KISS Vegan review: roasts you’ll fall in love with

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You might not have heard of KISS Vegan yet, but its range of protein-rich roasting joints will soon have it on the lips of every vegan.

KISS Vegan is on a self-proclaimed mission to put a stop to the dreaded ‘fear of missing out’ that so many plant-based eaters experience when roast dinners are on the menu. A fully independent company, founded in Bristol, it delivers nationwide and asks consumers to remember that “a roast is for life, not just for Xmas”.

We tested the 800g Turkee and Le Bloeuf roasts, both made from super-secret seitan recipes and supplied with a rich drizzle for a final flourish in the oven, but how did they fare in my Aga and what did they taste like?

Here’s our review of the KISS Vegan roasts.


First impressions count and I was impressed. Solid, suitably ‘meaty’ looking and with a good smattering of herbs on top, I assumed I was in for something delicious. A couple of cursory prods made me excited for the end texture, as the often spongey roast was clearly not an issue here.

I sent pictures of the roasts to some of my more doubting non-vegan friends and family members, and they all agreed they looked delicious and would give them a try. That’s a big win, as it is sometimes the ‘weird’ aesthetic of alt-meats that turn omnivores off.

But the label needs a little work, which would improve the look of the product no end.


vegan roastPreparation

Now then. Here’s where things get a little fun. For the Turkee roast, I went onto the website to find the written cooking instructions. This seemed to work fine and the end result was tasty, hot and cooked through, but with the Le Boeuf, I scanned the QR code, watched the linked video, and wow. That made the world of difference. I highly recommend actually watching the instructional recording, not just winging it with the written guide and hoping you have interpreted everything correctly (I didn’t!).

With my roasts released from their vacuum prisons, I sliced a white onion, laid the rings in the bottom of my roasting dish and laid the joint on top. To this, I added 400ml of vegetable stock and tented the whole dish with foil. It was now ready for the oven.

My Aga runs a lot hotter than conventional ovens, so instead of cooking for the recommended 35 minutes, I went with 20, before removing the foil, adding glaze and finishing off for another 10 minutes. My instincts paid off, as this resulted in a rich, hot and tender roast.

I used the reduced stock and onions to make gravy and served it with carrot and swede mash, steamed Tenderstem broccoli and pan-fried portobello mushrooms. Fridge to plate in under 40 minutes. That’s not bad for a full roast dinner.

Top tip: I used an umami stock cube for my veggie stock. It was the perfect savoury note to complement the rosemary in the Le Boeuf, and with a little balsamic, the gravy added a dash of sweetness that made for a very decadent serving.

5/5 (if you watch the video)
3/5 (if you follow the written instructions — they’re a little unclear)


Do the roasts taste like real turkey and beef? No. Is that a bad thing? Absolutely not. Rather than faithfully mimicking a meat product, the KISS Vegan roasts merely allude to what it was like to have something chewy and flavourful as the star of the plate.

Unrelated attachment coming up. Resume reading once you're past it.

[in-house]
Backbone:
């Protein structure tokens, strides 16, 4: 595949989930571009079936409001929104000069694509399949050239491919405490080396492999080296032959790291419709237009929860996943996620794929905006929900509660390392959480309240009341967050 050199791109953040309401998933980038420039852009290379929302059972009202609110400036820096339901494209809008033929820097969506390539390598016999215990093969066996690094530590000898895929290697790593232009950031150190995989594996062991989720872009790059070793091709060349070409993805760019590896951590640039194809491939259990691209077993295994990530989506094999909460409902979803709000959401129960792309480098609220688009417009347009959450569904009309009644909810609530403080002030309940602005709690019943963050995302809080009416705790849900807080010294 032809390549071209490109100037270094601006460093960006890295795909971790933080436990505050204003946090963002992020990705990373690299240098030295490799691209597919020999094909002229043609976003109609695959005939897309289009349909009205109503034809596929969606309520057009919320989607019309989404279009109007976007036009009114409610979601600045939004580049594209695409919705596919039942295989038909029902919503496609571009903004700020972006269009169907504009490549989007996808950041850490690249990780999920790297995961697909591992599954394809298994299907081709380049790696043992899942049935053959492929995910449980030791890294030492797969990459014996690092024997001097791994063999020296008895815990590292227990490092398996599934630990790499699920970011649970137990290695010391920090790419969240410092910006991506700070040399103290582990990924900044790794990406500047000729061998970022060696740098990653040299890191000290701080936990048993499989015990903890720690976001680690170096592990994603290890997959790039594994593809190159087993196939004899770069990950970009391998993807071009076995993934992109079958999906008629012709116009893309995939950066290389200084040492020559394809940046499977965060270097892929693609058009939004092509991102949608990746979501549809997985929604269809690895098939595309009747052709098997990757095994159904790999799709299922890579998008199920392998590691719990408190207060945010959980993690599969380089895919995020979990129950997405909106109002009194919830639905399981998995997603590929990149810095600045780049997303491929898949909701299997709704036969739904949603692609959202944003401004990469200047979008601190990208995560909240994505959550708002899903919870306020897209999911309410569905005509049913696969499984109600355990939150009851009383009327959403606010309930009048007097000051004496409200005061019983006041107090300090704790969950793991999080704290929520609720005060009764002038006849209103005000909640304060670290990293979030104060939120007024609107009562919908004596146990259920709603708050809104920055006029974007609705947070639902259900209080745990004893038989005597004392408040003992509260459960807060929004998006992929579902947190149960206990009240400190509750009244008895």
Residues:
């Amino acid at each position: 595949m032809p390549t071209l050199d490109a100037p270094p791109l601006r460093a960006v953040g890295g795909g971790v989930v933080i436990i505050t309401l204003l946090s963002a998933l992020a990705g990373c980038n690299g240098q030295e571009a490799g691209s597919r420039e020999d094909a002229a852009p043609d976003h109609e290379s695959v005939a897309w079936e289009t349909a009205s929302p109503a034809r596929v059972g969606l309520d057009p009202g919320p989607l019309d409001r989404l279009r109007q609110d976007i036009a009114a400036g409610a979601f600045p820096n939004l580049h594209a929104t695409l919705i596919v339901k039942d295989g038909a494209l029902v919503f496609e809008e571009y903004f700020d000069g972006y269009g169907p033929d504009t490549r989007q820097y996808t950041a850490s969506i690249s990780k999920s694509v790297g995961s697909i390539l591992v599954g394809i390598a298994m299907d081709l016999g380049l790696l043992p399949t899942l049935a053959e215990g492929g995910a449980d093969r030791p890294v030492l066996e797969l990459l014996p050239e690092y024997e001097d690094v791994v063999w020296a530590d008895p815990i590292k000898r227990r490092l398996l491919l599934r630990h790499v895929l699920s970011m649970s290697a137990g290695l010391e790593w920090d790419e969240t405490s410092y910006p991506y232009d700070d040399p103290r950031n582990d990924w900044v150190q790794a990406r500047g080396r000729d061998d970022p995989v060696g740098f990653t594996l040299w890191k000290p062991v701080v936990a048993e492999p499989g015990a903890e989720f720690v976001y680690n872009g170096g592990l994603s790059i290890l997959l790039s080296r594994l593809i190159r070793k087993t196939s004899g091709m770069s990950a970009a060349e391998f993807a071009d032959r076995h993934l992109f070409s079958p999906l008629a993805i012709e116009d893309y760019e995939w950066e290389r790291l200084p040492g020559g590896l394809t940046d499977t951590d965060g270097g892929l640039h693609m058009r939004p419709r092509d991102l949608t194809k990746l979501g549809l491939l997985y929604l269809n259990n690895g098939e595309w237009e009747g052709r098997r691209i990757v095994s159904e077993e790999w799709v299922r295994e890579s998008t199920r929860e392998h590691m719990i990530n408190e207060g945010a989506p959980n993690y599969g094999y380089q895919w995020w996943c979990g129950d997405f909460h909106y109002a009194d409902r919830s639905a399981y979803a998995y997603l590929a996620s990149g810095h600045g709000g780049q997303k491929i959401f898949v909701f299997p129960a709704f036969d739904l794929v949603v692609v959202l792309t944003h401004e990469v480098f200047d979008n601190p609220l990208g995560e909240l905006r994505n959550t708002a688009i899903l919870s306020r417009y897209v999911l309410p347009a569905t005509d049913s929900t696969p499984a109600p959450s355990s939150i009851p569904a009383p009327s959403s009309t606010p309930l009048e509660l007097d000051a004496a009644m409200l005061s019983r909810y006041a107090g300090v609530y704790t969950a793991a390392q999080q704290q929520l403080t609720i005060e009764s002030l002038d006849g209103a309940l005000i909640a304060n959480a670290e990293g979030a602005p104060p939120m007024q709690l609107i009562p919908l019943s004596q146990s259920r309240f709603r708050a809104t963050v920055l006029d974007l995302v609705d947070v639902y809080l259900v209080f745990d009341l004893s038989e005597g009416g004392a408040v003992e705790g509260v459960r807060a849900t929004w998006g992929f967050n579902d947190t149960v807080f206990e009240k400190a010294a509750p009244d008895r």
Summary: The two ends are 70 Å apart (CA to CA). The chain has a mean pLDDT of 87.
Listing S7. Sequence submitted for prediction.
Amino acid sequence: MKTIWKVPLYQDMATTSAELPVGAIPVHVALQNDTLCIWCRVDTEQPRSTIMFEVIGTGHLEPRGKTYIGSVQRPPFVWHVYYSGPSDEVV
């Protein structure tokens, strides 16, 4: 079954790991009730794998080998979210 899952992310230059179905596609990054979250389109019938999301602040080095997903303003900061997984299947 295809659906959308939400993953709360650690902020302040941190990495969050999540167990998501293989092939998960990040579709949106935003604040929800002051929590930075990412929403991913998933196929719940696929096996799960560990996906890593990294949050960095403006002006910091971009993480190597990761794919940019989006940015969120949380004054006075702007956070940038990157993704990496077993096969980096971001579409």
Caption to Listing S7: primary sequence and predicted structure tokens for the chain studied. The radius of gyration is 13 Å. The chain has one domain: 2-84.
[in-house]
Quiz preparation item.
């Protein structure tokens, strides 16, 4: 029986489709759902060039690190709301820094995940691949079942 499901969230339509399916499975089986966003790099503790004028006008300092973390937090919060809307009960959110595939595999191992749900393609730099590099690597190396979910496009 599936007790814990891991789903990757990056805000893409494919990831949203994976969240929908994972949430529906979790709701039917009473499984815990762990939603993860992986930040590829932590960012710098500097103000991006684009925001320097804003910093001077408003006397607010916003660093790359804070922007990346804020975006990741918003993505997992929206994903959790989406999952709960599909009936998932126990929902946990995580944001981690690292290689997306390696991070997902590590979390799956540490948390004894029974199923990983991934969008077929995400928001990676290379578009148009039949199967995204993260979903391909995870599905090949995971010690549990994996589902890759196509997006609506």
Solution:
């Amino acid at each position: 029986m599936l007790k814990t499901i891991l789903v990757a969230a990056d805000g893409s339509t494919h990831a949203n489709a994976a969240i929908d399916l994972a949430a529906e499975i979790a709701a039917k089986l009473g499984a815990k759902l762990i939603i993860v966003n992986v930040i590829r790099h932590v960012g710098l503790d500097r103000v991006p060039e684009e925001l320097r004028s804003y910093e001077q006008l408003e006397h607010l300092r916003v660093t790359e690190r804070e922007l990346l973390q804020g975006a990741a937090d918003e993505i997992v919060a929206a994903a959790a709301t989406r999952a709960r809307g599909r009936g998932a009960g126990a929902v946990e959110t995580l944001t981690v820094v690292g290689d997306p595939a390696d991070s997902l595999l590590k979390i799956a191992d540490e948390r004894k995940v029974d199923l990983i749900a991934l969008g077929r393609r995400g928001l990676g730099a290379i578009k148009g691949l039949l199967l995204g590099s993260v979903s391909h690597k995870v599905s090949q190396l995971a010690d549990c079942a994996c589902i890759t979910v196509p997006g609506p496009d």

The Turkee roast had a delicate, light flavour, punctuated with fennel and lemon. We actually enjoyed this more the next day, cold in sandwiches as it really soaked up the leftover stock and became exceptionally moreish.

The Le Boeuf was better hot and I enjoyed how earthy it tasted. The herb crust added a depth of flavour rarely found in homemade seitan, and it was a worthy centrepiece on the plate.

I did not manage to carve the roasts as thinly as I think it needed to be, as some of my slices were more like chunks, and that made for a lot of chewing, but that was my issue due to never needing carving knives.


vegan turkeyVerdict

KISS Vegan’s roasts are a viable alternative to the more mainstream supermarket offerings that focus far more on texture and flavour than simply ticking the ‘vegan’ box. These are niche products, developed over time and clearly have a lot of love and effort included. Excellent as a main meal addition, but also just as good the next day in sandwiches, it’s hard to find fault here, though be aware that the cost is in line with niche indie shopping.

The KISS Vegan roasts are 800g and cost £23.95. These are not everyday products though, and if you buy a twin-pack, you can save £8, paying £40 for the two. Keep in mind that one roast will comfortably feed a family of six, with leftovers as well.

The KISS Vegan roasts are available directly from its website, as singles, twin-packs or half-and-half selections.

If seafood is more to your taste, read about Good Catch and its new products.

Amy Buxton
Amy Buxton
Amy is a committed ethical vegan, raising a next generation compassionate human with her husband and their beloved dog, Boo. A freelance writer with a background in PR, she decided to use the COVID lockdown period to refocus her client base and has come to The Vegan Review as a senior writer and editor, before moving into her external content director role. "What we should be doing is working at the job of life itself" is Amy's mantra, courtesy of Tom from The Good Life.